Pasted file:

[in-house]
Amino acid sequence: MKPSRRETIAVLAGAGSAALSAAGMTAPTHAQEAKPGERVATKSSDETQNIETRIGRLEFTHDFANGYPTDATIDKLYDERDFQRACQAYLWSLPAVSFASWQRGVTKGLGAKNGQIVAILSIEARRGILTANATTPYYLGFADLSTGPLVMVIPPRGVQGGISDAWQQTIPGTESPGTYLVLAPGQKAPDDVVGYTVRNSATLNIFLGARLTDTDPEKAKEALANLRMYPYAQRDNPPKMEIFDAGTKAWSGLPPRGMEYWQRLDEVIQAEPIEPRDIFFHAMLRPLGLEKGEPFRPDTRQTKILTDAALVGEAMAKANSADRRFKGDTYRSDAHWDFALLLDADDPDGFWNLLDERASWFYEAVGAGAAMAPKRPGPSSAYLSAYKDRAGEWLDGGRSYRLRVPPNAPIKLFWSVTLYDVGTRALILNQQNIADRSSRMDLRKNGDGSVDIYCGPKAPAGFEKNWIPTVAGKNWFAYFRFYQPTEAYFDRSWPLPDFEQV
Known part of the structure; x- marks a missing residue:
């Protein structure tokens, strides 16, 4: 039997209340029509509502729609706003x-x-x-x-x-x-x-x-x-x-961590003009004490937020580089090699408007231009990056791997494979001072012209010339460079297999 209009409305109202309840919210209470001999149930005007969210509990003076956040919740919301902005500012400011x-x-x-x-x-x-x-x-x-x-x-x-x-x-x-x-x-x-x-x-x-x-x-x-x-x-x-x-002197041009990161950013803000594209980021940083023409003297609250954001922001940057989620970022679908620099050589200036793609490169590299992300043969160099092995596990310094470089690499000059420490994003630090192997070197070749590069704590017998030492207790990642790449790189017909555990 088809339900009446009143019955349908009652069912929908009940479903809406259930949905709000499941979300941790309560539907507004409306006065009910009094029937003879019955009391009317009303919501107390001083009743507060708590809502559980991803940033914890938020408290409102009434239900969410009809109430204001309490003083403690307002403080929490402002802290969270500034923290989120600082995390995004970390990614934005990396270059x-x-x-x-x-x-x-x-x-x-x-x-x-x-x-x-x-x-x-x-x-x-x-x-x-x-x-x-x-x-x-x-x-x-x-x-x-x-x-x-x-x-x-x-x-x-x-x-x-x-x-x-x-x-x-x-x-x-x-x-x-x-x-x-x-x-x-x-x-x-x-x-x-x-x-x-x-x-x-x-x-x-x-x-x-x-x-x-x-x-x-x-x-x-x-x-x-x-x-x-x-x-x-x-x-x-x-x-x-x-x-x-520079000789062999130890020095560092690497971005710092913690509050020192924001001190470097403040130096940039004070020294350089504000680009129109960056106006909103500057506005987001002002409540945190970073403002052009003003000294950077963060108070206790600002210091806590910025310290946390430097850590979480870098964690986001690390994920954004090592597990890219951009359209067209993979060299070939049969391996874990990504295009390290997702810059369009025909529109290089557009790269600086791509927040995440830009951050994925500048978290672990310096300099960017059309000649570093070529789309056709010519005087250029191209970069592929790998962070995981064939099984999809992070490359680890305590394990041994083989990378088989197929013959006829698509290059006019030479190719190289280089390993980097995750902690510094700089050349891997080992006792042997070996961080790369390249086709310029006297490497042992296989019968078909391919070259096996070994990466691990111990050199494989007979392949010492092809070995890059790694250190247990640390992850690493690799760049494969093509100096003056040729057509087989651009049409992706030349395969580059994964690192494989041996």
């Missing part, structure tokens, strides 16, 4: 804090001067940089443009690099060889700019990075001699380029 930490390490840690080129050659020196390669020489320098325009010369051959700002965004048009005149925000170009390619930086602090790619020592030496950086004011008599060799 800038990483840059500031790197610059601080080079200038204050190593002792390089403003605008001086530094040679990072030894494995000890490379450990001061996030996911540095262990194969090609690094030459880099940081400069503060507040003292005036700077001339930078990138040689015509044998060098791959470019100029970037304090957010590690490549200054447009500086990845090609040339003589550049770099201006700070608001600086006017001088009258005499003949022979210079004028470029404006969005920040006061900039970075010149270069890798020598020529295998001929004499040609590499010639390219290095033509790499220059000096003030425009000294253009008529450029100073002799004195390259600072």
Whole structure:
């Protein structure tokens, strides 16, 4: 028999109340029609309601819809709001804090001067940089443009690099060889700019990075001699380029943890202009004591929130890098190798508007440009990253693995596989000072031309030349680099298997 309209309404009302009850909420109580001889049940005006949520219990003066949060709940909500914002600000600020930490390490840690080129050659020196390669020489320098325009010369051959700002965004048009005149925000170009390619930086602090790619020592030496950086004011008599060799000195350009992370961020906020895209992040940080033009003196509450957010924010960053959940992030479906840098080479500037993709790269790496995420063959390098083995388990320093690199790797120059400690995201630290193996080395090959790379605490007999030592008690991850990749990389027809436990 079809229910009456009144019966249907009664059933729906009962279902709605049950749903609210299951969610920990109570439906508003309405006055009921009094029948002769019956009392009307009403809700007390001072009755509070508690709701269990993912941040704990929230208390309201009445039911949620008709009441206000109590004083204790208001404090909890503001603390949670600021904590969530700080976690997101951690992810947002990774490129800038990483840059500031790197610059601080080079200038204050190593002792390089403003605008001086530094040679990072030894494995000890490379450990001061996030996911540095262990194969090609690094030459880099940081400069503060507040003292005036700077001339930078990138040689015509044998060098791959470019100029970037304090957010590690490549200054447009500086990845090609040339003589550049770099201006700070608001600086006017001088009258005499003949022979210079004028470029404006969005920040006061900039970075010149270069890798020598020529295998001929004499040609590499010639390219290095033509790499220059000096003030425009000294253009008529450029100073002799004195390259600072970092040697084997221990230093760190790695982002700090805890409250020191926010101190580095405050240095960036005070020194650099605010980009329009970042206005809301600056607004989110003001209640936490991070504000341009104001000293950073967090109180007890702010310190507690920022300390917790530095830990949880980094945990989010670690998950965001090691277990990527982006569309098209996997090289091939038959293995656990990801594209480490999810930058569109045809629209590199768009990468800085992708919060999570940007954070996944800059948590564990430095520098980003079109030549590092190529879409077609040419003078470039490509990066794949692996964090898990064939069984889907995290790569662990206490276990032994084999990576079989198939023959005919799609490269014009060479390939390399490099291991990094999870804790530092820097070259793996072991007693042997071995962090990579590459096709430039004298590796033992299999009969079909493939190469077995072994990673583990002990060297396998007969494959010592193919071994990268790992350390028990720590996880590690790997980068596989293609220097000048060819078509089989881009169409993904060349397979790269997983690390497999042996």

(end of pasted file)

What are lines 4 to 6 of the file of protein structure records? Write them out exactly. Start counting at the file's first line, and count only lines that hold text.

């Protein structure tokens, strides 16, 4: 039997209340029509509502729609706003x-x-x-x-x-x-x-x-x-x-961590003009004490937020580089090699408007231009990056791997494979001072012209010339460079297999 209009409305109202309840919210209470001999149930005007969210509990003076956040919740919301902005500012400011x-x-x-x-x-x-x-x-x-x-x-x-x-x-x-x-x-x-x-x-x-x-x-x-x-x-x-x-002197041009990161950013803000594209980021940083023409003297609250954001922001940057989620970022679908620099050589200036793609490169590299992300043969160099092995596990310094470089690499000059420490994003630090192997070197070749590069704590017998030492207790990642790449790189017909555990 088809339900009446009143019955349908009652069912929908009940479903809406259930949905709000499941979300941790309560539907507004409306006065009910009094029937003879019955009391009317009303919501107390001083009743507060708590809502559980991803940033914890938020408290409102009434239900969410009809109430204001309490003083403690307002403080929490402002802290969270500034923290989120600082995390995004970390990614934005990396270059x-x-x-x-x-x-x-x-x-x-x-x-x-x-x-x-x-x-x-x-x-x-x-x-x-x-x-x-x-x-x-x-x-x-x-x-x-x-x-x-x-x-x-x-x-x-x-x-x-x-x-x-x-x-x-x-x-x-x-x-x-x-x-x-x-x-x-x-x-x-x-x-x-x-x-x-x-x-x-x-x-x-x-x-x-x-x-x-x-x-x-x-x-x-x-x-x-x-x-x-x-x-x-x-x-x-x-x-x-x-x-x-520079000789062999130890020095560092690497971005710092913690509050020192924001001190470097403040130096940039004070020294350089504000680009129109960056106006909103500057506005987001002002409540945190970073403002052009003003000294950077963060108070206790600002210091806590910025310290946390430097850590979480870098964690986001690390994920954004090592597990890219951009359209067209993979060299070939049969391996874990990504295009390290997702810059369009025909529109290089557009790269600086791509927040995440830009951050994925500048978290672990310096300099960017059309000649570093070529789309056709010519005087250029191209970069592929790998962070995981064939099984999809992070490359680890305590394990041994083989990378088989197929013959006829698509290059006019030479190719190289280089390993980097995750902690510094700089050349891997080992006792042997070996961080790369390249086709310029006297490497042992296989019968078909391919070259096996070994990466691990111990050199494989007979392949010492092809070995890059790694250190247990640390992850690493690799760049494969093509100096003056040729057509087989651009049409992706030349395969580059994964690192494989041996």
């Missing part, structure tokens, strides 16, 4: 804090001067940089443009690099060889700019990075001699380029 930490390490840690080129050659020196390669020489320098325009010369051959700002965004048009005149925000170009390619930086602090790619020592030496950086004011008599060799 800038990483840059500031790197610059601080080079200038204050190593002792390089403003605008001086530094040679990072030894494995000890490379450990001061996030996911540095262990194969090609690094030459880099940081400069503060507040003292005036700077001339930078990138040689015509044998060098791959470019100029970037304090957010590690490549200054447009500086990845090609040339003589550049770099201006700070608001600086006017001088009258005499003949022979210079004028470029404006969005920040006061900039970075010149270069890798020598020529295998001929004499040609590499010639390219290095033509790499220059000096003030425009000294253009008529450029100073002799004195390259600072």
Whole structure: